In addition to having the fwfw or fwfws genetic code, fawnlings who display these colour patterns will also have another gene, depending on their expression. Both the Rx and rz genes fall on the same locus, with the Rx gene being dominant over the rz gene. The genes may be combined in a number of ways, similar to how wild bay is dominant over seal bay.

The Rx Gene
The Restrictive Expression gene, or Rx, is the gene whereby fawn spots fade away and solidifies faded areas of fur to defined patterns. Fawnlings displaying this pattern will have no fawn spots, and a varying array of white expression, not influenced by homozygous or heterozygous forms.

The Rz Gene
The Partial Restrictive gene, or rz, is the gene which solidifies white patterns, however only partially restricts fawn markings. Fawnlings with this gene will either partially or totally express fawn markings as well as solid white patterns, depending on homozygous or heterozygous forms. nrz or heterozygous will have partial fawn spot coverage, often faded. rzrz or homozgyous will have complete fawn spotting and complete white markings. Partial Restrictive is recessive to Restrictive Expression, and will not show if there is a Rx gene present.

fwfw/nRx = Restrictive Expression (no spots)
fwfws/Rxrz = Restrictive Expression (no spots)
fwfw/nrz = Partial Restrictive (minimal spotting)
fwfw/rzrz = Partial Restrictive (complete fawn spotting)
fwsfws/nrz = Partial Restrictive, Smoky Expression (dark markings)

As stated above, the Restrictive genes also work with the smoky fawn expression, however these markings are dark instead of light.
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This is a closed breed. They are not free to create, designs must come through me or breedings.



Stags are typically the flashier of the species: they have longer, thicker hair, grow beards, and can be tuftier than females. Their horns are both larger and more impressive, as they are more frequently used in tussles over does and territory. They are also larger, with more height and bulk than the smaller daintier females.

Does are easily distinguishable from mature stags by more than just size. Usually far more hairless, only some does grow horns which are typically much smaller and most are only single pronged. It is not considered feminine to grow horns as a doe in the wild, and those who do are often shunned or considered less attractive for it. They also have larger ears than stags, and are thought to be the swifter of the two sexes.
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A few people requested this - so here you go <3 I'm sorry it's not all that informative word wise, but hopefully the pictures will help?
Also, I'm not saying this is the "right" way to do fawnling parts, it's just the way that I do them ^^ Some parts are very stylized, like the eyes and how far down I put the dew claws - so look at other references as well!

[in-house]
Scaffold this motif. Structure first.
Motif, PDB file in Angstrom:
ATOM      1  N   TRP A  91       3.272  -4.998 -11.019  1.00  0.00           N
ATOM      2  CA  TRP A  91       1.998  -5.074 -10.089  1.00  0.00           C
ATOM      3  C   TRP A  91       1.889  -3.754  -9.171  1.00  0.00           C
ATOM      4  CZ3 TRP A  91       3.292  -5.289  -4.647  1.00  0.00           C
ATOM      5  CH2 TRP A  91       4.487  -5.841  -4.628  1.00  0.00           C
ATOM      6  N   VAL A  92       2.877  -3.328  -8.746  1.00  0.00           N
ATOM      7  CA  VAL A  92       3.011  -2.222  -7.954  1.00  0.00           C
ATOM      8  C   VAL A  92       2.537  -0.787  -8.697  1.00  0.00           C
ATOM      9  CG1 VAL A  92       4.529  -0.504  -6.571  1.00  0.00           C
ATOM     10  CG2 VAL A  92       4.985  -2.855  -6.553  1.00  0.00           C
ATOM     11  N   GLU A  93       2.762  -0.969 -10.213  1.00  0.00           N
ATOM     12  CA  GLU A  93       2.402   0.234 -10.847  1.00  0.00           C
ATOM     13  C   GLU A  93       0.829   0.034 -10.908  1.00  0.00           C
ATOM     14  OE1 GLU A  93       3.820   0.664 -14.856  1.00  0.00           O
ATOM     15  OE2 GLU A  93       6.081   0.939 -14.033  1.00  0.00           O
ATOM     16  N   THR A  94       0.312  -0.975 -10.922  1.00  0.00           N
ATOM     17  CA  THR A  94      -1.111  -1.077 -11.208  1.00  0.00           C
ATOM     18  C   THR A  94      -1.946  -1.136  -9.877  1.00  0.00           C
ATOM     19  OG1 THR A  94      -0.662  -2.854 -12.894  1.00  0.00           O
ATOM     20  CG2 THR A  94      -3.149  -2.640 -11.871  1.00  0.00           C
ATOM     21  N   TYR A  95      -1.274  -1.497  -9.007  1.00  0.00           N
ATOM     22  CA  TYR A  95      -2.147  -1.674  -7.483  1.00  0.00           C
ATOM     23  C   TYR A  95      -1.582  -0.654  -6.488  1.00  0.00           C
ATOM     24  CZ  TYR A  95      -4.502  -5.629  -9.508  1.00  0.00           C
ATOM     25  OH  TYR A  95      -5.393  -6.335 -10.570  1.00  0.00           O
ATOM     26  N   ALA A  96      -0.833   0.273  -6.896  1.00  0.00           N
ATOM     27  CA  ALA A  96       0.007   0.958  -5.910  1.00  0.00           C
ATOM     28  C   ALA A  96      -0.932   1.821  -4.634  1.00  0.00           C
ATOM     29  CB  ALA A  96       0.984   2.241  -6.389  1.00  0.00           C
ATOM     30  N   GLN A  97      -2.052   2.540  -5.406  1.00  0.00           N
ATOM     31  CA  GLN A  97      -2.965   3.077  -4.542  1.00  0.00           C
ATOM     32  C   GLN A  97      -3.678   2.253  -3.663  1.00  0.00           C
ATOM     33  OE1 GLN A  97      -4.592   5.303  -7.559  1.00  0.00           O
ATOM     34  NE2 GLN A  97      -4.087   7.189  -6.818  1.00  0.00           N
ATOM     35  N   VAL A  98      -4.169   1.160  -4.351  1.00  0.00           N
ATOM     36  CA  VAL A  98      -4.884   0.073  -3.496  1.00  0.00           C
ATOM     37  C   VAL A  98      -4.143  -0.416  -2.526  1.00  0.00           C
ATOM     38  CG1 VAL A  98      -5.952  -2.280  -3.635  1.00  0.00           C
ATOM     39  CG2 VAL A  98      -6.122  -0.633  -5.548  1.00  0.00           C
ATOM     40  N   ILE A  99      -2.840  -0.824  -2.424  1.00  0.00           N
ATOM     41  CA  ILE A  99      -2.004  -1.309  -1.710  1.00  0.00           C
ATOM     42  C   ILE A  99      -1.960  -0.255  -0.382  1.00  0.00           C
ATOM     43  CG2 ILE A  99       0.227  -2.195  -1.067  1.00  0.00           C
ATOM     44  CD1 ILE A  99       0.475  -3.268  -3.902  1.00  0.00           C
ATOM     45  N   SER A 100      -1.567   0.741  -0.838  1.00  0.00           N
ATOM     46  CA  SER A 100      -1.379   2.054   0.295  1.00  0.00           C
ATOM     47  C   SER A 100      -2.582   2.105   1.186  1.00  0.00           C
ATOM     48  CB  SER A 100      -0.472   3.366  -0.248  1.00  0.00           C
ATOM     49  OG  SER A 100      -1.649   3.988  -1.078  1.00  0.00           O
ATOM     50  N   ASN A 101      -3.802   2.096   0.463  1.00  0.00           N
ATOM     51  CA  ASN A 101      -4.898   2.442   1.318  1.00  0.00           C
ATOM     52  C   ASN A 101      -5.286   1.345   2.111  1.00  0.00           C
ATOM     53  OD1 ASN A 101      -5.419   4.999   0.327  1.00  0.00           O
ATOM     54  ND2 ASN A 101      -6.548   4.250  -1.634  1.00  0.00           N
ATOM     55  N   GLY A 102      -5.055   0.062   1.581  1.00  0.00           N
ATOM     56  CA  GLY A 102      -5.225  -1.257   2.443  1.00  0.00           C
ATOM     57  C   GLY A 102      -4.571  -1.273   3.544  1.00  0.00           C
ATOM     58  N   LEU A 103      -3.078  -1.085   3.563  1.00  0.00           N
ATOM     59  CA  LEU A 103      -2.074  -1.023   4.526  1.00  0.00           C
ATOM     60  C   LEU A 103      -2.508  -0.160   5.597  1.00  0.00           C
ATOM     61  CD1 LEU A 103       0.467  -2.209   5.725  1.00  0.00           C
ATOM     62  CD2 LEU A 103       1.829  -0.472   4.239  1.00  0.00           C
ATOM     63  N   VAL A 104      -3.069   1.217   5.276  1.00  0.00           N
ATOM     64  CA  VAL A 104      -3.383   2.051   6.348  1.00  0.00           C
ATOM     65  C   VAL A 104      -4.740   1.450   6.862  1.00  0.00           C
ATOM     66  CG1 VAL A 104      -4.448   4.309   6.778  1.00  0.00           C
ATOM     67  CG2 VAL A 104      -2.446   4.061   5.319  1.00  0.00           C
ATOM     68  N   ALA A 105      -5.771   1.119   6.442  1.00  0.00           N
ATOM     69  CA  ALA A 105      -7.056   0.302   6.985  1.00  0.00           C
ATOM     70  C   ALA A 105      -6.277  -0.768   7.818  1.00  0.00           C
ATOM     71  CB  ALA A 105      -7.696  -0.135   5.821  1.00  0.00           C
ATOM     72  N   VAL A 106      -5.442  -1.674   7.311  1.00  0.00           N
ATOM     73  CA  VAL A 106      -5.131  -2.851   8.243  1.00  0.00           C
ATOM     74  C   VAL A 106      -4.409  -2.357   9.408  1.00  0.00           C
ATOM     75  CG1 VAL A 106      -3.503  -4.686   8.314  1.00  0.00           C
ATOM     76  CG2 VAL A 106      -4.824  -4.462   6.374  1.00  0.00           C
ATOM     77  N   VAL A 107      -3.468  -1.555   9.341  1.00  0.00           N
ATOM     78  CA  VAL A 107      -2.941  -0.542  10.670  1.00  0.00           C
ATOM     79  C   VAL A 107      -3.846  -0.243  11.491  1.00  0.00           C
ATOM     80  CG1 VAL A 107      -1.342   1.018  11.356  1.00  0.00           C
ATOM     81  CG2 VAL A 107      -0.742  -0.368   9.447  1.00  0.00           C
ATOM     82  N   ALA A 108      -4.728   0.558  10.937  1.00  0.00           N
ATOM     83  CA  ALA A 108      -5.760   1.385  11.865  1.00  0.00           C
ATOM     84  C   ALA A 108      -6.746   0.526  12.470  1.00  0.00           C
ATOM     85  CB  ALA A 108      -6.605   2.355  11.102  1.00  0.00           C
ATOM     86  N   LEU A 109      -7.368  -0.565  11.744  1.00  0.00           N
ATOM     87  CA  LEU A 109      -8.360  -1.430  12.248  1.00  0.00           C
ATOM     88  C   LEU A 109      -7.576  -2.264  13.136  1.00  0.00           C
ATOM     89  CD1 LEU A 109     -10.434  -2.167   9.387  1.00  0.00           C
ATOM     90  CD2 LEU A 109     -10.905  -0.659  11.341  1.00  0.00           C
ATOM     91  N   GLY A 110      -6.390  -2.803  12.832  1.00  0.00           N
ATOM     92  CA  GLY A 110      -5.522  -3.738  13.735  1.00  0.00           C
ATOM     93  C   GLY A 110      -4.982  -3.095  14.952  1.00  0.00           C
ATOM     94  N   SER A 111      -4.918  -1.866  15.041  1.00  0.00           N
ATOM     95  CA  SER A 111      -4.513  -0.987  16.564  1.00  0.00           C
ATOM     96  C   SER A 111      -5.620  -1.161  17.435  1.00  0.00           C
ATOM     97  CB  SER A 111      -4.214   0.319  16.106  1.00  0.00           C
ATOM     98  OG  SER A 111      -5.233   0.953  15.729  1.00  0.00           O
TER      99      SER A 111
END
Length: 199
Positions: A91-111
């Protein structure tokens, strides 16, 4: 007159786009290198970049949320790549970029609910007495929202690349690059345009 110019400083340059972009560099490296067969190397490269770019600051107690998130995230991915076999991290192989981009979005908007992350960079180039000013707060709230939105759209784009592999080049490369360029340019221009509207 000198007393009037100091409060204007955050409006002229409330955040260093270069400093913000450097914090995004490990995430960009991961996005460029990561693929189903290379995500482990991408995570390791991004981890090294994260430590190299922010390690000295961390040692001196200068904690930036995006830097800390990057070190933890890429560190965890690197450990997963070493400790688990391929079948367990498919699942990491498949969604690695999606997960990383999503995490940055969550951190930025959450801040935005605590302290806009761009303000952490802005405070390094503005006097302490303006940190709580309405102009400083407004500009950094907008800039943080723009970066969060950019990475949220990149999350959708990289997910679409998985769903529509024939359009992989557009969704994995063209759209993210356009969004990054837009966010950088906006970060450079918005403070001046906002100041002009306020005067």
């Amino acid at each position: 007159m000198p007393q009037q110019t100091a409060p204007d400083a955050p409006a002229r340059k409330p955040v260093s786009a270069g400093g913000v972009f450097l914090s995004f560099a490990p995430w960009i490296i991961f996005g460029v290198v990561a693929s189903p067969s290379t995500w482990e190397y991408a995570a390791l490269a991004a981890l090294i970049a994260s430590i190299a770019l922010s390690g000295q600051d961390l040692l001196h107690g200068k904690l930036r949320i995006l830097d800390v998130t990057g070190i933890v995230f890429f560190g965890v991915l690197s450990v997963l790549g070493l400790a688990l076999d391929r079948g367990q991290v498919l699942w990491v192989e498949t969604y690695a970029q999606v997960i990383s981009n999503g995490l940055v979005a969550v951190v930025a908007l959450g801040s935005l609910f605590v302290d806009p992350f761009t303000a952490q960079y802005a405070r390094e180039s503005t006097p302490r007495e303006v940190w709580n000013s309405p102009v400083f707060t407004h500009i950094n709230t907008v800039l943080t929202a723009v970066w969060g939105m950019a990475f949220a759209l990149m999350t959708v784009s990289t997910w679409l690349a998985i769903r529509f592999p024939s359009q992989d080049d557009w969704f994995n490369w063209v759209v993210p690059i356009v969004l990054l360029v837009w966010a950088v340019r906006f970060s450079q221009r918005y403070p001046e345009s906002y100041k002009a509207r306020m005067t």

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Map of the Western Kingdoms


Since the days of Lore, the five prongs of the Western Kingdoms have been at war. Mountains cannot part them, nor mile nor land nor sea, and nor can the spray from the waves cool their fury of a long forgotten wrong. Destined to forever clash and lock horns, friendships are broken and enemies made as each facet struggles for power. Welcome to the Western Isles.

Travel Time

It takes at least 2 seasons (6 months) to get from one end of the Isles to the other (Silverthorne to Windborne) on the most direct route, if the fawnling in question is traveling at pace and is not interrupted.

It takes at least several weeks to get through especially mountainous regions. 

Travel between Kingdoms is not a short walk, and is often hazardous. All Kingdoms besides your own are hostile to one another, and generally mean that when travelling through them detours have to be made to find adequate food and water away from the main guarded herd areas and predators. 

It will take longer if your fawnling is:
- Walking
- Stopping
- Sightseeing
- Visiting Friends
- Going in circles
- On holiday
- With a fawn
- Not well fed or watered
- Sick / injured
- Lost
- Encountering bad weather
- Stopped for any reason

Most like Australia
Separated from the rest of the kingdoms at high tide by Blackfoot Sound, Windborne is the northernmost island in the Western Isles and represents one of the five Fawnling kingdoms. Its flora and fauna differ to that of the main island, with eucalypt forests and snowgrass glades. Its environment is reminiscent of Australia, with rugged granite outcroppings and a dry climate. The wildlife on the island reflect this also, with a collection of odd animals including kangaroos, koalas, wombats, platypus and echidnas. The majority of the wildlife on the island are birds however, with many of the species native to Australia. There are few natural predators on the island that hunt the Fawnlings, though danger is real in the snakes and spiders that inhabit the island, and large wedge-tailed eagles are known to take fawns.